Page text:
You get weighed at the doctor's office. Then what?
It's one of the worst parts of any routine visit to the doctor's office: You take off your shoes and stand on the scale, usually out in a hallway, and wait for the bad news. (If you're like me, you always figure your clothes weigh at least 10 pounds, right?) The nurse scribbles the number down on your chart, maybe making note of your height, too.
And then what happens?
In most cases, apparently, nothing much.
Yesterday the STOP (for Strategies to Overcome and Prevent) Obesity Alliance released data from recent research. It showed that while the vast majority (89 percent) of the 290 primary-care physicians surveyed felt responsible for helping patients manage their weight, most (72 percent) say they lack the resources and training to effectively counsel their overweight and obese patients.
And while most of the 1,002 adults surveyed separately said they take responsibility for their own weight, most don't feel they receive adequate weight management guidance from their physicians. Of those with a BMI of 30 or above -- the standard cutoff for obesity -- only 39 percent said a health-care professional had ever told them they were obese. Of those who had been told they were obese, almost 90 percent were told they should lose weight, but only a third were offered guidance on how to do so.
The STOP Obesity Alliance also issued a "white paper" yesterday that spells out potential remedies to these and other problems in the primary care physician-obese patient relationship. The organization notes that it's important to get a handle on the problem, because nearly 34 percent of American adults are obese, and an additional 34 percent are overweight, according to the CDC.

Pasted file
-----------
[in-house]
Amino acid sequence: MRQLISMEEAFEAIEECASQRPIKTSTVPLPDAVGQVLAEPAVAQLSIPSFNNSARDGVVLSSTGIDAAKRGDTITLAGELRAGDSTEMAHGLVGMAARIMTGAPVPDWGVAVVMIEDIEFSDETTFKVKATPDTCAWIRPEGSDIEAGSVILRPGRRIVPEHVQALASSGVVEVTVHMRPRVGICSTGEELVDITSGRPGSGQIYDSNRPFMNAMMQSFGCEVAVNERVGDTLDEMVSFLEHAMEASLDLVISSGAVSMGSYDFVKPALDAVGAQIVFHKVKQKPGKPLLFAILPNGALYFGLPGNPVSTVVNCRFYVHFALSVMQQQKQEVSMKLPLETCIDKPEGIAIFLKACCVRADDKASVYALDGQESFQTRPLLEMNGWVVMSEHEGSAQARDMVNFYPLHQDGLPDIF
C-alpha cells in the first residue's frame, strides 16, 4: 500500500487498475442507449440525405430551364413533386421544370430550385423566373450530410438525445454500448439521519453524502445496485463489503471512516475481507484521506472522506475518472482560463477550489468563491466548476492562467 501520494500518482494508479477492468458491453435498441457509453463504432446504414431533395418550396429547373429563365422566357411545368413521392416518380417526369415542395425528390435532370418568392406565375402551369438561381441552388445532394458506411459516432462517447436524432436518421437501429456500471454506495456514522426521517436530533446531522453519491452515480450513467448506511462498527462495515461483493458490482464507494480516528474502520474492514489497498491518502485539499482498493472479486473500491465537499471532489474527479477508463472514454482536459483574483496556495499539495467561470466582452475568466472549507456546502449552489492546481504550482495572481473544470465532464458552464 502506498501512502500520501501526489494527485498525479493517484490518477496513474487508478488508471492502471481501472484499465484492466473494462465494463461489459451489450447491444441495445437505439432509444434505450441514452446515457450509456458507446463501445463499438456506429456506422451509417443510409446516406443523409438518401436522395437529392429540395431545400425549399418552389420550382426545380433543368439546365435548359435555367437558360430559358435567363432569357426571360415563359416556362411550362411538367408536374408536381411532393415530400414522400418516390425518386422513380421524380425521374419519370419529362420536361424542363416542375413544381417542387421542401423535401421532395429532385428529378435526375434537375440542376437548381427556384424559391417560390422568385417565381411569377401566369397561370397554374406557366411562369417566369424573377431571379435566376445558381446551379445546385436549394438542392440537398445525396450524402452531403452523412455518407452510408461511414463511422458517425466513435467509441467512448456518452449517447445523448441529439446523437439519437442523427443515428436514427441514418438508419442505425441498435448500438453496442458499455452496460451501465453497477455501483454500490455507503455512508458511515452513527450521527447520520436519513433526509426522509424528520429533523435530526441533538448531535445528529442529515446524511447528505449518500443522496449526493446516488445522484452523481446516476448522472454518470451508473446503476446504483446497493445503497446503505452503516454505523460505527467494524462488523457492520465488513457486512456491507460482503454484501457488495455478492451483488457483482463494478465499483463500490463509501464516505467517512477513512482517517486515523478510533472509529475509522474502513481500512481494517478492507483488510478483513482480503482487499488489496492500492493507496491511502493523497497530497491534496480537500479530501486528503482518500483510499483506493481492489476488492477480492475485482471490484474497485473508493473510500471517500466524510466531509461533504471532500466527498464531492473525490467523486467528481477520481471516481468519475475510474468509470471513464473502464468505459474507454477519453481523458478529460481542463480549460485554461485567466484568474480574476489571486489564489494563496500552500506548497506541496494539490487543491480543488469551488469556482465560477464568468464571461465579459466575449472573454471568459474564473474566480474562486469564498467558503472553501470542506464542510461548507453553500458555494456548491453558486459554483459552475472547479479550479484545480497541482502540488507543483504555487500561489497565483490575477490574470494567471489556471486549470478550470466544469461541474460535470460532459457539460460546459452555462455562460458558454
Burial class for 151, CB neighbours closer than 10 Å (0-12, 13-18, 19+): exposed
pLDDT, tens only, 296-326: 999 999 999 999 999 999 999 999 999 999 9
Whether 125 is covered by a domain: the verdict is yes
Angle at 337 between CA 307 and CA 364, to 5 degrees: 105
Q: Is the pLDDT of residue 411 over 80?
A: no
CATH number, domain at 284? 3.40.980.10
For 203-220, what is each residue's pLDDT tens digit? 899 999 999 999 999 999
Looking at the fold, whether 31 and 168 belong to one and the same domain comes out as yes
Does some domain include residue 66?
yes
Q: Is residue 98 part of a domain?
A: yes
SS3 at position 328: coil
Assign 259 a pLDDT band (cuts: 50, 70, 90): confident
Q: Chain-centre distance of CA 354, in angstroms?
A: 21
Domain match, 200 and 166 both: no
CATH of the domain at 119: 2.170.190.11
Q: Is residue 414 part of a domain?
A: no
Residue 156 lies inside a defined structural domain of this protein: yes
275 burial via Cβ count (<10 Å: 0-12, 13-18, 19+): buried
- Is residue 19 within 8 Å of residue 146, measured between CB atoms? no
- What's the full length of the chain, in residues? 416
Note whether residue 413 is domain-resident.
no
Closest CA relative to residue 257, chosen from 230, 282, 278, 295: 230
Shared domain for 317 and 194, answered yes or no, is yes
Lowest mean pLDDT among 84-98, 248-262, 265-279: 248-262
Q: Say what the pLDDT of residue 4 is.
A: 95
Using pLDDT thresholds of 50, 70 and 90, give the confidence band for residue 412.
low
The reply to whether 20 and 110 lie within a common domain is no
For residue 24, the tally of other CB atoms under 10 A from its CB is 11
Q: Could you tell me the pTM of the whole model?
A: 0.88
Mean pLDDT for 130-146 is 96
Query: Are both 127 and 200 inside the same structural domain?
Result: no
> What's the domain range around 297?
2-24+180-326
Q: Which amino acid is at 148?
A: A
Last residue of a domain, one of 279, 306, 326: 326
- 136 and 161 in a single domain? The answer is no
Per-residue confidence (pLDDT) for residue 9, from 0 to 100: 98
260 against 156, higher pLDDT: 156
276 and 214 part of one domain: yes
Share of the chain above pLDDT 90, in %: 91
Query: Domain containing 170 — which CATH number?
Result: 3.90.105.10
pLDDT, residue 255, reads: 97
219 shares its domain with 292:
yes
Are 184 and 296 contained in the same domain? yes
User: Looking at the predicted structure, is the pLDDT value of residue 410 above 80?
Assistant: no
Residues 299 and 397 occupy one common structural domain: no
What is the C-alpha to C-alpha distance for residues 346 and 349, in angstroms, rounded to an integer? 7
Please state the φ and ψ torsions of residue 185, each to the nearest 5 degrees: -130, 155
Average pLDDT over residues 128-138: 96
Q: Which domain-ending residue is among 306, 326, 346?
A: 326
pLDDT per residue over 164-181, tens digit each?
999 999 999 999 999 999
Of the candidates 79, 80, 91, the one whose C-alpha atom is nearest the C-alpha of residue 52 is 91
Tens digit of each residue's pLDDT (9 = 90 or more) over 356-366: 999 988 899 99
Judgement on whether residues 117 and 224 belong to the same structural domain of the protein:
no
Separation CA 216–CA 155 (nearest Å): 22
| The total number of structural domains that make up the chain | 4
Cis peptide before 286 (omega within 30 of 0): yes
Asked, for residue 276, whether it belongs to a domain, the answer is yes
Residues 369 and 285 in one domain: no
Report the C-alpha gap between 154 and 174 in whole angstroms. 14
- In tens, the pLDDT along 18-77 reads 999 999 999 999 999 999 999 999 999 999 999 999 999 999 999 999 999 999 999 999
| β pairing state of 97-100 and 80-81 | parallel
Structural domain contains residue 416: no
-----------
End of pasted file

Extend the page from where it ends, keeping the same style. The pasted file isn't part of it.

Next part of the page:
But as this article makes plain, doctor-patient conversations about weight aren't always straightforward exchanges of information. They can be so weighed down by emotional baggage that they're painful for both parties.
I'd like to hear about how your physician addresses your weight -- if he or she does so at all. Have you had a painful -- or a positive -- experience discussing how much you weigh and what you should do about it? Weigh in with a comment -- and please take today's poll!
And join me and "Feed the Belly" author Frances Largeman-Roth for a chat Thursday at 1 p.m. ET on eating healthfully while pregnant.
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